California, the state of “fruits and nuts” is about to prove it again with a great big party with a great big price tag for a great big new bridge that has its own enormous price tag!

Labor Day weekend is set for the four-day, grand opening of the new eastern span of the San Francisco/Oakland Bay Bridge.

Officials from the Bay Area Toll Authority voted for a big party to give people the opportunity to walk and cycle the new span before it opens to traffic.

The idea of a bridge-crossing party isn’t the issue; the cost of the bridge-walk is.

Estimates are the entire weekend party will cost some $12 million. Some events – fireworks, marathons – will be financed with privately donated funds, but the costs of the walk across the new span will be paid from toll receipts.

In other words, automobile drivers who regularly pay from $4 to $6 per crossing and commercial and multi-axle vehicles, which pay much more, will foot the bill.

How much? Hold your breath.

$5.6 million!

That’s a lot of toll crossings, especially since that money is supposedly dedicated to maintenance and seismic upgrades to the entire bridge, the new span and the original Western span as well as the other bay bridges.

The announcement of the plan was met with mixed public response. But many Californians, newspaper editorials and letters to the editor are almost unanimous in saying the idea is insane. It’s too much money from the wrong source, especially when the state is on the verge of fiscal catastrophe.

But who cares what they say? The state will decide, so after the announcement, the Toll Authority met again and voted, “Party on!”

Spokesman Randy Rentschler said, “A public celebration of the new Bay Bridge is absolutely the right thing to do.”

State Sen. Mark DeSaulnier told the Contra Costa Times that while private money would be preferable, “This is the public’s bridge, and they deserve this once in a century opportunity to walk on their bridge. If it takes some public dollars to make it a safe event, then so be it.”

It’s estimated that 200,000 people will be there, but that’s probably a low figure even though tickets will be issued.

When the Golden Gate Bridge had a 50thth anniversary, it’s reported 50,000 were expected to walk the bridge; 800,000 showed up, more than 300,000 on the bridge. The weight was so heavy, the bridge deck actually flattened.

So where is all that money going?

  • $510,000 for registration and ticketing to spread out the number of people on the bridge at any one time.
  • $1.86 million for buses, depots and staff. That’s only to get people to the bridge. They’ll have to get home from San Francisco on their own.       $955,000 to access control and security.
  • $865,000 for portable toilets and recycling. Hey, it is the Bay Area!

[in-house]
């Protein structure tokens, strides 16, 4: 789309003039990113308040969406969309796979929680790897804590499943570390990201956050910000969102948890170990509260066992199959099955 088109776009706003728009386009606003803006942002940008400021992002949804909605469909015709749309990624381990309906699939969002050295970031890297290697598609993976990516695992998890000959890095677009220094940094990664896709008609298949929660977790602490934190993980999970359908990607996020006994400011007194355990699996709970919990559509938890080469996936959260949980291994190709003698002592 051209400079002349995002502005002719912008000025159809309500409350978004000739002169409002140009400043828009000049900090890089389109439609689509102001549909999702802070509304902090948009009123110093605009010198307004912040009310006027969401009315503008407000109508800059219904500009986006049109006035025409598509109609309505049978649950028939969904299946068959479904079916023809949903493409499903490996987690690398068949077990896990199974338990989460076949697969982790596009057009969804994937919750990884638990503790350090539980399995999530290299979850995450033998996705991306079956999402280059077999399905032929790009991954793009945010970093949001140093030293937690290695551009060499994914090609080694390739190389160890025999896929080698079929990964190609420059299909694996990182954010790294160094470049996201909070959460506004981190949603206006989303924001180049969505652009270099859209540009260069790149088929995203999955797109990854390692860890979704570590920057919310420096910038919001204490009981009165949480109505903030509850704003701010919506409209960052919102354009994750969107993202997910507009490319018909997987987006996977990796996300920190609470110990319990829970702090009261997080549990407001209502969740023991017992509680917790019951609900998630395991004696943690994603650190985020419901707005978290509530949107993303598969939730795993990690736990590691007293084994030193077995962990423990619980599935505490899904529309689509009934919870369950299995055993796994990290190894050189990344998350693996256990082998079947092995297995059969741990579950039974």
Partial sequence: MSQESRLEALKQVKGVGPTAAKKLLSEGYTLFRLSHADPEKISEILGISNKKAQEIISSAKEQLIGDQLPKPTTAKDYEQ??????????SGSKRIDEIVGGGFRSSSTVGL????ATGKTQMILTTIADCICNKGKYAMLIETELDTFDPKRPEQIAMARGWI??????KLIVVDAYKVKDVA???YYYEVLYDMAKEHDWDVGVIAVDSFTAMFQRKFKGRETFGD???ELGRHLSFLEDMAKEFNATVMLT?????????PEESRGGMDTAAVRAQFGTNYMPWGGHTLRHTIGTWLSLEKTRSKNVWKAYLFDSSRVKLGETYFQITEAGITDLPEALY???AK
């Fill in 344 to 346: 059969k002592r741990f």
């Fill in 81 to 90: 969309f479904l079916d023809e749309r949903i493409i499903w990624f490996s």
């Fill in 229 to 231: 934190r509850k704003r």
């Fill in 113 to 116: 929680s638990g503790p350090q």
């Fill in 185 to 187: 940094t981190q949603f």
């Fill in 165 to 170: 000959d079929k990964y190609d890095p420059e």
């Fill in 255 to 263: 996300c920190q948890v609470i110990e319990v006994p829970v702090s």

• $165,000 for volunteer recruitment, meals and transportation.
  • $121,000 for first aid stations and medical staff.
  • $160,000 for miscellaneous expenses.
  • $926,000 contingency for unexpected costs.

What’s really irksome is that this enormous cost for the “party” comes on top of the total cost of the bridge itself.

That goes back 24 years to the 1989 “almost big one” earthquake – known locally as the World Series Quake, officially, the Loma Prieta Quake.

There was damage to freeway ramps leading to the Bay Bridge and several sections of the bridge gave way – as they were designed to do when under great stress – but the rest of the structure remained.

It was determined seismic retrofit wasn’t sufficient, so the decision was made to build an entire new bridge on the east side of Treasure Island. The western span was retrofitted.

The ensuing battle over bridge design was epic. Some wanted a reasonably priced, functional causeway. Then, dueling mayors got involved – San Francisco’s Willie Brown and Oakland’s Jerry Brown, each wanting a unique design to make a statement about their city.

What they got is the world’s longest, self-anchored suspension bridge, a project plagued by controversies over Chinese steel, concrete deficiencies, inspection problems, mismanagement, long delays and mind-boggling cost overruns.

While thousands of people drove over the old span for those 24 years – and still do, myself included – the cost of the new span skyrocketed from $1 billion to more than $6 billion!

And now, at a time when California’s economy is dismal and prospects for improvement are slim, people face huge tax increases that the current governor, the same Jerry Brown, has maneuvered into place, unemployment is high, people and businesses are leaving the state because of those taxes and bureaucracy, when California leads the nation in gas prices (as I write, well over $5 a gallon) and those bridge tolls have zoomed from .50 to $6 and will likely go higher – now the state says it’s OK to soak the public with a nearly $6 million tab to indulge political egos.

Ah, California. The “Golden State.” Beautiful climate and terrain are certainly good aspects of the place, but they don’t pay the bills or fill the stomach.

Some things never change, though you wonder why people put up with it.

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